After five years of R&D, EeroQ, a company that designs quantum computer (QC) chips, has now raised $7.25 million in its first round of institutional funding, which was led by multi-stage investment firm B Capital’s Ascent Fund. EeroQ claims its quantum computing system to have far fewer moving parts than other types of quantum computing designs which would give them a significant advantage in capital efficiency and time to scale.
The Chicago-based startup would be one of the few companies globally designing quantum computers (QC) using electrons floating on helium (eHe). The $7.25M Seed Round, led by multi-stage investment firm B Capital’s Ascent Fund, saw participation from V Capital, Calibrate Ventures, Alumni Ventures, Unbound Ventures, and Red Cedar Ventures. B Capital Chair Dr. Howard Morgan and Senior Principal Morgan Polotan are joining the board.
“Since our founding in 2017, we were always thoughtful in how we grew EeroQ, and now was the right time to find a top tier institutional capital partner. We didn’t want to rush what we believed was a special and unique product,” said Nick Farina, Chief Executive Officer (CEO) at EeroQ. “The small size of our devices allows us to be competitive with all other efforts in a dramatically more capital efficient way. Our system has far fewer moving parts than other types of QC designs, and that gives us a huge advantage in capital efficiency and time to scale.”
Single Electron Qubits
Quantum computers are the next generation of supercomputers, and may allow for breakthrough discoveries in key areas such as pharmaceutical development, material science, finance, and many other areas. Building a quantum computer is a huge undertaking that no business or academic organization has not been met by any any company or academic institution thus far. To help quantum computing reach the market sooner, EeroQ’s design would offer the following major benefits:
- EeroQ’s computer’s building components (called ‘qubits’) enable large-scale computers to be as small as thumbnails, as contrast to rivals whose machines are the size of datacenters when fully scaled. This is so that the tiniest particle in nature – a single electron – can be utilized.
- Using the current industry-standard manufacturing method, CMOS, makes it simpler to scale from one to thousands of high-quality qubits.
- The single electron qubits developed by EeroQ would also have the potential to excel in all quality measures of QC power, including extended coherence times, all-to-all connection, and mobile qubit functionality. Both the amount and quality of qubits are important for long-term success. Recent BCG data demonstrates why these KPIs are crucial for creating a strong QC.
Ascent Fund II, B Capital’s first early-stage fund specifically, led the fundraising round. With a $250 million closing in July, Ascent wants to support international business owners as they drive the subsequent wave of innovation.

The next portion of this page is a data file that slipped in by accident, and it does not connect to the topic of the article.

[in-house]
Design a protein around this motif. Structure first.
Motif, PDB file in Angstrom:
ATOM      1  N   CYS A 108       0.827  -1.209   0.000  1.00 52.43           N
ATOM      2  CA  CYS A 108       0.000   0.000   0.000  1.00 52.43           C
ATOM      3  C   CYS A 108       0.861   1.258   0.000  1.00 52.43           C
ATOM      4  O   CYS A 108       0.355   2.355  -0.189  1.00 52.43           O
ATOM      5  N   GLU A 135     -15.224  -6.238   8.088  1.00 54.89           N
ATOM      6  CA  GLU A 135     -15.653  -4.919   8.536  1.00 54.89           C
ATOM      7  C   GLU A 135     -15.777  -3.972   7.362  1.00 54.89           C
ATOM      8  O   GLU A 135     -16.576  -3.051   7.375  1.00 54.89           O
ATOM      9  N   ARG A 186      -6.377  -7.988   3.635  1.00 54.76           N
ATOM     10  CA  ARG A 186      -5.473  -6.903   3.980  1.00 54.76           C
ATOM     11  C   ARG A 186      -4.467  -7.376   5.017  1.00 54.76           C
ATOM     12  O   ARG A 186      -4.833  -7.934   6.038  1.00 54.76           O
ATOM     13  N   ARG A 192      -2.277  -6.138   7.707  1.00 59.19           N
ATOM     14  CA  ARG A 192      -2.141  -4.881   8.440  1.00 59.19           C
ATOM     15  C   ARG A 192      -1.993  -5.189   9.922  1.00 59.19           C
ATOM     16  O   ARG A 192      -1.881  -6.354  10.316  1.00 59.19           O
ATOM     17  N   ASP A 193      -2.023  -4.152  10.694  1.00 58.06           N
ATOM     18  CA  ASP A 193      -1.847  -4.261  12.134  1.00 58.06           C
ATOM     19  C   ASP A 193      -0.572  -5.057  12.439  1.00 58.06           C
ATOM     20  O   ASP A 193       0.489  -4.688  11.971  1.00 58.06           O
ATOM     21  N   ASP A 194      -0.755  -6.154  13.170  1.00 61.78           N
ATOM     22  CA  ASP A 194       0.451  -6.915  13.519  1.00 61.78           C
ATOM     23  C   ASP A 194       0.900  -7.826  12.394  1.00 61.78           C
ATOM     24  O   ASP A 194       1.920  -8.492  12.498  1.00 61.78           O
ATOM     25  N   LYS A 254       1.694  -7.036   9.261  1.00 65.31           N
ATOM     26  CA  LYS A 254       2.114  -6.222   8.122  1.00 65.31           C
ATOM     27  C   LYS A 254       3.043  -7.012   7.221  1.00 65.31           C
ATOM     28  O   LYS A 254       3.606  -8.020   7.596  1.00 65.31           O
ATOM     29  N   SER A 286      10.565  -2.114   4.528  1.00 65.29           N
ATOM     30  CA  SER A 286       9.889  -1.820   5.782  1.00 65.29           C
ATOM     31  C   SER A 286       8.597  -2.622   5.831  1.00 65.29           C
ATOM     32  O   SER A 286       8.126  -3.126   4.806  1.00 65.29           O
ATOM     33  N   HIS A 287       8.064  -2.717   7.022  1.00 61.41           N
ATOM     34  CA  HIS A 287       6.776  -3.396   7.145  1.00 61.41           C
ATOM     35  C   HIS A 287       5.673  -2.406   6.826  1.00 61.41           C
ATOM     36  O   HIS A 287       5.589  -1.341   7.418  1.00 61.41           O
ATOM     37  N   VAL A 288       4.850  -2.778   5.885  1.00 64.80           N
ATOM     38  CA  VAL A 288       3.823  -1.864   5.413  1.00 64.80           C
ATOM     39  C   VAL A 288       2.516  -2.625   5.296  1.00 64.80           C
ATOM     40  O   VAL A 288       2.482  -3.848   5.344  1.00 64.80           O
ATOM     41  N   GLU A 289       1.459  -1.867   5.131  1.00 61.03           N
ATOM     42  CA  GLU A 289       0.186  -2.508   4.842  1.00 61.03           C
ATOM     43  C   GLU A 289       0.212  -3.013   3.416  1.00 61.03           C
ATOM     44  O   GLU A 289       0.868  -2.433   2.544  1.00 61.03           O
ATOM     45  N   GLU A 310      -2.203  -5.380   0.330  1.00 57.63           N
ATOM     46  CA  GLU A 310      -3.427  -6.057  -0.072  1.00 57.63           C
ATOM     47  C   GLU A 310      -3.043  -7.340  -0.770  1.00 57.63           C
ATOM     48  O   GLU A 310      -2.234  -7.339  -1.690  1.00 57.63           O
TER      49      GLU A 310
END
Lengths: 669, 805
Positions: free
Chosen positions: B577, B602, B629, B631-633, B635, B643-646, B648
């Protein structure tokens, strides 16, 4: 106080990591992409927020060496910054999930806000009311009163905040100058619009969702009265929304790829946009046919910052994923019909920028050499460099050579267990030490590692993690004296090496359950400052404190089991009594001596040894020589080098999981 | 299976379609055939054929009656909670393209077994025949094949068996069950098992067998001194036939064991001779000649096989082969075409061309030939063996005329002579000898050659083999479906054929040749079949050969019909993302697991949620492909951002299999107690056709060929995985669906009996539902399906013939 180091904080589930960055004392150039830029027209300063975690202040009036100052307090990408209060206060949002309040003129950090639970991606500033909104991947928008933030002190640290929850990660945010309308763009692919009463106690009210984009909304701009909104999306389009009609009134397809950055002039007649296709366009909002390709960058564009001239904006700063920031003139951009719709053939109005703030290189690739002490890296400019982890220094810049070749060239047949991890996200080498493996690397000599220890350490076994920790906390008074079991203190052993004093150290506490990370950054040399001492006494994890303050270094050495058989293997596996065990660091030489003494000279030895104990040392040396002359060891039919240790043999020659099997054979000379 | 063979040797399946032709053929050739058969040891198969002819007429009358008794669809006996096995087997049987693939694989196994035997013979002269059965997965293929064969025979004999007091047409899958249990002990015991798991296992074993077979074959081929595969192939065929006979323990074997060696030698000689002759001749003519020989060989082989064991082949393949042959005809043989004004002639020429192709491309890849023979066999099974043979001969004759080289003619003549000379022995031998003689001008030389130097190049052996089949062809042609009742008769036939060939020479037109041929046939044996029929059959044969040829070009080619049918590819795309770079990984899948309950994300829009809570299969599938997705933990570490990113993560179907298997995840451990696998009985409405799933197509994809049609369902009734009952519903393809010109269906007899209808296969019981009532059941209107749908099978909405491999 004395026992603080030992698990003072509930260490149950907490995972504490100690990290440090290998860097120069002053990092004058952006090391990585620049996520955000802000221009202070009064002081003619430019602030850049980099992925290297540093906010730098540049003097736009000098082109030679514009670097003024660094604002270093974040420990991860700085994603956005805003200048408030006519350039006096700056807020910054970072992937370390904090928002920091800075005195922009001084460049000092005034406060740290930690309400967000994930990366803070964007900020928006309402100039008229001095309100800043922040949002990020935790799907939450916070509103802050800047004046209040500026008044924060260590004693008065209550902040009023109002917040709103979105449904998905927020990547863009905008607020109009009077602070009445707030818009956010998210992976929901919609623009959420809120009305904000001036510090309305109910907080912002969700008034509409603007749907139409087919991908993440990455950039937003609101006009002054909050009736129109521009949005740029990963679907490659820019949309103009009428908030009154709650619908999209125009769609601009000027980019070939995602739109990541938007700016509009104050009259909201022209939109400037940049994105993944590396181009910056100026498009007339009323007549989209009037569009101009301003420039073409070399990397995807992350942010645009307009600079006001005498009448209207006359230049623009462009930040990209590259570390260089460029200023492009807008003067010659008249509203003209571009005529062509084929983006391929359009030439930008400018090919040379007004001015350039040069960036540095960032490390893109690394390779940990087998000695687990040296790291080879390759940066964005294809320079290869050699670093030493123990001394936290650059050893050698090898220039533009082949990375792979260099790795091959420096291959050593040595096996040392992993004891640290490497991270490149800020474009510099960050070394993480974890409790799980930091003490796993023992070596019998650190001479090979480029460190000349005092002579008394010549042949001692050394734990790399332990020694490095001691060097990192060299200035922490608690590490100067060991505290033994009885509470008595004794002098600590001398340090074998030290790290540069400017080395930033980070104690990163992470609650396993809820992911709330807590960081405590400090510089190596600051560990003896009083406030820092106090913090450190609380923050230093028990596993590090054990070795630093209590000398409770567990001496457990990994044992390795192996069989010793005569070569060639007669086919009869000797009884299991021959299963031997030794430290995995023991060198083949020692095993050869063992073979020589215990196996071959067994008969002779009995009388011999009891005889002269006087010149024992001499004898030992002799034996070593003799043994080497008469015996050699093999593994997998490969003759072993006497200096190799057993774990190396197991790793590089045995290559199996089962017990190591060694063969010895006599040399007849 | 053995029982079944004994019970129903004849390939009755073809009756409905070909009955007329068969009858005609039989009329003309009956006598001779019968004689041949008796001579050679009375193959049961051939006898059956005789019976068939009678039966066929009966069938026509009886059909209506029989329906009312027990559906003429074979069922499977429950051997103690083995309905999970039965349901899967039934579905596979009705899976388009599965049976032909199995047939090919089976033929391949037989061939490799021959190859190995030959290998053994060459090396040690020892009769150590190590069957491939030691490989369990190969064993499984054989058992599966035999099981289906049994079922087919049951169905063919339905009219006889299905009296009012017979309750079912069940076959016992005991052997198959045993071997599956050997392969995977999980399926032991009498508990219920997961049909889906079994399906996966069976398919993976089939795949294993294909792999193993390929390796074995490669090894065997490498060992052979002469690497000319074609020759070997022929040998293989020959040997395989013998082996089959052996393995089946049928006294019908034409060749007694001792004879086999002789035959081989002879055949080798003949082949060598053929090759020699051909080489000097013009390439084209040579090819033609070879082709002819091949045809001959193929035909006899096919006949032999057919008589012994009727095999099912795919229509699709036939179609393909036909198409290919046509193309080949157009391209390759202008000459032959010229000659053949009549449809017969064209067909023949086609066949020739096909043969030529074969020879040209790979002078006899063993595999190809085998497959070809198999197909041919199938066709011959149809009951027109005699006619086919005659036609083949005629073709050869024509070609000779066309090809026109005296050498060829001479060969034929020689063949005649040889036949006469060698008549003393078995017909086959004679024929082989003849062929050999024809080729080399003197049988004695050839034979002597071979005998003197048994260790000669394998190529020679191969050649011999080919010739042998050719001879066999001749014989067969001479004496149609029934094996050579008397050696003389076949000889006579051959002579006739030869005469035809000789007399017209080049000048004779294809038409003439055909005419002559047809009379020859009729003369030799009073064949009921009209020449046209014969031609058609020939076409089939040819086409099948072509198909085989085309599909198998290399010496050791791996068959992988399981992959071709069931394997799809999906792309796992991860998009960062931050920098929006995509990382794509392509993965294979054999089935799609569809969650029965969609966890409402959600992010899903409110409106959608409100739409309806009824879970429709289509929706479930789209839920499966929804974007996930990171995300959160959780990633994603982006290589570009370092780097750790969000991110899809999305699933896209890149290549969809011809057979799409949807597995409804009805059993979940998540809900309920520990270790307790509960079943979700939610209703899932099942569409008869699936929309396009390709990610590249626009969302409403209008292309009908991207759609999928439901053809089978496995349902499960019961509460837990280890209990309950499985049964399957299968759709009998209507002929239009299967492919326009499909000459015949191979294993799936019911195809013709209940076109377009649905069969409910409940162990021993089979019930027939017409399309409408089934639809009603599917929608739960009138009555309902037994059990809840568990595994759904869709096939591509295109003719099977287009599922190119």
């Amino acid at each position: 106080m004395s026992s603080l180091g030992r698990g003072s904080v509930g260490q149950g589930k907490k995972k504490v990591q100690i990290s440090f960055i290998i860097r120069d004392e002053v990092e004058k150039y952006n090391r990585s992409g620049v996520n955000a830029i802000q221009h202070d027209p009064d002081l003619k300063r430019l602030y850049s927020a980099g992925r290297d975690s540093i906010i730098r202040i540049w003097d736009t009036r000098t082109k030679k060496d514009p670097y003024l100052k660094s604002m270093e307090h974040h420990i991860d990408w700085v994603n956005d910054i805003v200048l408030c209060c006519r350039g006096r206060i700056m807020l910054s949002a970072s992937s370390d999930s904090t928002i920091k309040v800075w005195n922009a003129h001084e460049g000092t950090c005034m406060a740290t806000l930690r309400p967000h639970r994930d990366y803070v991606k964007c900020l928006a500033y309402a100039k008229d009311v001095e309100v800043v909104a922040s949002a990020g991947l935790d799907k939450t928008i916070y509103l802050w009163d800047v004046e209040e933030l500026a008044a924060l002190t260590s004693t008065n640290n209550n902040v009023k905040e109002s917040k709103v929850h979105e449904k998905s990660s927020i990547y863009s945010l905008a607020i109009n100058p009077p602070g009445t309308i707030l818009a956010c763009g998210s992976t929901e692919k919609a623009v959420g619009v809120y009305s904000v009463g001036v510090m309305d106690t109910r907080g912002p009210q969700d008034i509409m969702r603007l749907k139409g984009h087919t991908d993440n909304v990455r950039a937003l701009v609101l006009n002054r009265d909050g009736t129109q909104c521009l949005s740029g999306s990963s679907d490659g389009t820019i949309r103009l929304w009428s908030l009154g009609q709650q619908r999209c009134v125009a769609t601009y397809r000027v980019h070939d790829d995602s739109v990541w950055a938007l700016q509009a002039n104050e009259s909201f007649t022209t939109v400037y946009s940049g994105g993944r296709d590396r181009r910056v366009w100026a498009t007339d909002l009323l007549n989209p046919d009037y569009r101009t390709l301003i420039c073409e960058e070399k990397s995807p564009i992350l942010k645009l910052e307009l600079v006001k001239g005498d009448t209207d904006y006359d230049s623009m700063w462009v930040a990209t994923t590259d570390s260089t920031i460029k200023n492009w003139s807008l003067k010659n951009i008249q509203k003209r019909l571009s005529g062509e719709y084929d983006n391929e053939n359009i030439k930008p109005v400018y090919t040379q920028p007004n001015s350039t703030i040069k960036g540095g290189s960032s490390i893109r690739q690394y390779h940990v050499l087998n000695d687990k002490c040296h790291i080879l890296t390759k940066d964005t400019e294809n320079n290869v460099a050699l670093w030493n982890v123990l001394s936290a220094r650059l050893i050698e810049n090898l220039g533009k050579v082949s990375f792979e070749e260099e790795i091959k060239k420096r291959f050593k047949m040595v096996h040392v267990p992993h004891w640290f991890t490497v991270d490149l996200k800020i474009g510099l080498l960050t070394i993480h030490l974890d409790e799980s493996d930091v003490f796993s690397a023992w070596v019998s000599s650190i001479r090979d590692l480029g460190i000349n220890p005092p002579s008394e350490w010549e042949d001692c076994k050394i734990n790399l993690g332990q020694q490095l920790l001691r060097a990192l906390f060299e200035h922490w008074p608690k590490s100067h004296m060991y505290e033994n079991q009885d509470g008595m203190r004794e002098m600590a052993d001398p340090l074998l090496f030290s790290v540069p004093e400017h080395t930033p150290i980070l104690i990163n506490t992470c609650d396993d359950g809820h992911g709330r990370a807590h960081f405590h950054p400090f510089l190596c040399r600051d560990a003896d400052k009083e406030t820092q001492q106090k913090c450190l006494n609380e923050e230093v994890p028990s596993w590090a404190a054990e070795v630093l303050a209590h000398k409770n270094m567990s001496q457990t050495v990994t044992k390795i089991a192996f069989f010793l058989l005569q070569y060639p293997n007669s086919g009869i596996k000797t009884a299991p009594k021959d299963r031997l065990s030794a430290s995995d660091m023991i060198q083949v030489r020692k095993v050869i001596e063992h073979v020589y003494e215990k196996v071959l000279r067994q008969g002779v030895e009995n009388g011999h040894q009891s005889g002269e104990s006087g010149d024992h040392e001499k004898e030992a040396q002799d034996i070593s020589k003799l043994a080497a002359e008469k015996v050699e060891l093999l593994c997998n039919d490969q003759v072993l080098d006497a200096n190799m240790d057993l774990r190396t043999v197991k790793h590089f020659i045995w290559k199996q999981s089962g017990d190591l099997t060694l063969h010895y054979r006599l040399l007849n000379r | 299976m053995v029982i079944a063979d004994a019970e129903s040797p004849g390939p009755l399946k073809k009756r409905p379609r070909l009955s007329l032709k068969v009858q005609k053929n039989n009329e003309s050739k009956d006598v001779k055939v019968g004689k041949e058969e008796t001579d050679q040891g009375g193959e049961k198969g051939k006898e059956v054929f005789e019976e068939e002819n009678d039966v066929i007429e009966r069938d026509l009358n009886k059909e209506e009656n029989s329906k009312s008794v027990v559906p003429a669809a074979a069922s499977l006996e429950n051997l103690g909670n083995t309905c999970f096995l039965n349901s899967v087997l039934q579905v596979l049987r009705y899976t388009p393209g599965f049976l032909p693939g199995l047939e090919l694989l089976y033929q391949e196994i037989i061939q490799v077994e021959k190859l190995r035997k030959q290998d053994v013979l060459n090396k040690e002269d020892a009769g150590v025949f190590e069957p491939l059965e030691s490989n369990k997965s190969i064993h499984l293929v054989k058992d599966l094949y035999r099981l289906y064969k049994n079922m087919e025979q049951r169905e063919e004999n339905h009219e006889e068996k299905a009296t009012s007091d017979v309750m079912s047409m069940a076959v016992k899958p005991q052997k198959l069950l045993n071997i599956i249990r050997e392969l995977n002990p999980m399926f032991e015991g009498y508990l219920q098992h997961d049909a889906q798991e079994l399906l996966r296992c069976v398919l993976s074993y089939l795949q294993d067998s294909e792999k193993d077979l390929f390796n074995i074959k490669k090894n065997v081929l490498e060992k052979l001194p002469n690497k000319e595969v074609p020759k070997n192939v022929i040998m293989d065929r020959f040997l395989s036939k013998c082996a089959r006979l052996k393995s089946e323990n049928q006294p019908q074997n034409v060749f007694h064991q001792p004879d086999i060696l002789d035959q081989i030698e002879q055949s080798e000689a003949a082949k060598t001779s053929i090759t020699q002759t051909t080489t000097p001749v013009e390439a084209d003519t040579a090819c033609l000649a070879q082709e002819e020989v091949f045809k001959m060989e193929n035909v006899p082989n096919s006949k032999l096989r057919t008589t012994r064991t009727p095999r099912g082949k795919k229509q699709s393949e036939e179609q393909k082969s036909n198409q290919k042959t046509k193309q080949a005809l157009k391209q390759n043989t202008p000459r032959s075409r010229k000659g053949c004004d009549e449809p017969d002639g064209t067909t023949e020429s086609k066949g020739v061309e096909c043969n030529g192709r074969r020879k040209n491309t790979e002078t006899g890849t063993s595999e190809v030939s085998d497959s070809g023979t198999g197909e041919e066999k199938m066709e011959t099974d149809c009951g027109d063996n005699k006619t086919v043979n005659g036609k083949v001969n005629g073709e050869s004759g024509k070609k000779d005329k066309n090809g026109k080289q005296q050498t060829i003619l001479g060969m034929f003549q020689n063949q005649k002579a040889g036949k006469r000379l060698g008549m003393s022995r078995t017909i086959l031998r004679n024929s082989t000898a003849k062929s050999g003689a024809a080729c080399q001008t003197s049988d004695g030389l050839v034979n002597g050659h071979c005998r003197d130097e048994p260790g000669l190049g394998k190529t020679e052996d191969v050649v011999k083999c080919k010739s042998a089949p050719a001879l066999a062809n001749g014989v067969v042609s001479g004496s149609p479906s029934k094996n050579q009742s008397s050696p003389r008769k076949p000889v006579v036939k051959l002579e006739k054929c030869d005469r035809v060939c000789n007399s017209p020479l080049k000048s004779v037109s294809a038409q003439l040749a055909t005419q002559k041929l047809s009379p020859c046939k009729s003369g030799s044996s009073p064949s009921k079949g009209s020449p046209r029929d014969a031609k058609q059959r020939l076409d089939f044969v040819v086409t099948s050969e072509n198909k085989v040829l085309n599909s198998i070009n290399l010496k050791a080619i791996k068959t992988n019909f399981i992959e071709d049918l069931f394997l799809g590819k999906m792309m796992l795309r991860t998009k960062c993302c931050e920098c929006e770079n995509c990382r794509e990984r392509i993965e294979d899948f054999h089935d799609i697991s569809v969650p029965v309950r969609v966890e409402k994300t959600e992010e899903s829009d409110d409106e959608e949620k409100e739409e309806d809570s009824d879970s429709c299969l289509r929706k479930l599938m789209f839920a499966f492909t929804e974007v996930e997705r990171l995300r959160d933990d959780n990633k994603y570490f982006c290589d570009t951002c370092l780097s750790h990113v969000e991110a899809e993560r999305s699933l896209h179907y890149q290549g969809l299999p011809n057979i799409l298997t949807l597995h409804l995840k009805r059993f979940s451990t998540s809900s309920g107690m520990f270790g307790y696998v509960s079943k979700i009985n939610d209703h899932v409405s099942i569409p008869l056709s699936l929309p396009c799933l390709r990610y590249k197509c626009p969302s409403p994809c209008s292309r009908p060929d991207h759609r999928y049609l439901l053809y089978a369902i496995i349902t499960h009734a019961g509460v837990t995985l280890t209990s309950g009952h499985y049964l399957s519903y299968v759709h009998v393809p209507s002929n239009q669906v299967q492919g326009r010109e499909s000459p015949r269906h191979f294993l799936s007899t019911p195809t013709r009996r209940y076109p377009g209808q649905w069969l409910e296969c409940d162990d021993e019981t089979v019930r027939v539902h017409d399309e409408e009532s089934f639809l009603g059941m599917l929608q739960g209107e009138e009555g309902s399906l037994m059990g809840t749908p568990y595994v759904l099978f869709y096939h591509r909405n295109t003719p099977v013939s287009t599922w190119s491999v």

“B Capital’s Ascent Fund is very excited to be able to invest in EeroQ, which is building with a different approach to QC than we’ve seen elsewhere in the market,” said Dr. Howard Morgan. “It offers far greater scalability than other technologies, which, if achieved, would dramatically hasten our ability to solve giant real-world problems and improve the lives of people around the world.”
Moral Standards in Quantum Computing
EeroQ has furthermore become a key advocate for the early adoption of moral standards in the creation of such a potent future technology in the quantum computing sector. Faye Wattleton, a co-founder of EeroQ and a well-known expert in board governance and public policy, has been in charge of this project. In order to promote early ethical considerations, EeroQ has conducted research on ethical frameworks for responsible usage beginning in 2018.
“In many other technologies, governance has been an afterthought,” said Faye Wattleton. “But in this field, we have a chance to engage in multidisciplinary ethical thinking ahead of major impact.”
The investment announcement is the most recent achievement for EeroQ, which has just finished its 9,600 square foot state-of-the-art facility in Chicago and appointed Princeton Electrical & Computer Engineering Professor Steve Lyon as CTO.
After choosing Chicago as its HQ, Chicago Mayor Lori Lightfoot said earlier this year that “Chicago is primed to become a major hub for quantum technology thanks to a number of notable investments which will have long term benefits for our entire region. Thus, in choosing to operate on Chicago’s West Side, EeroQ will not only be well-positioned to capitalize on the many opportunities that quantum technology will drive, but also help to revitalize communities in need.”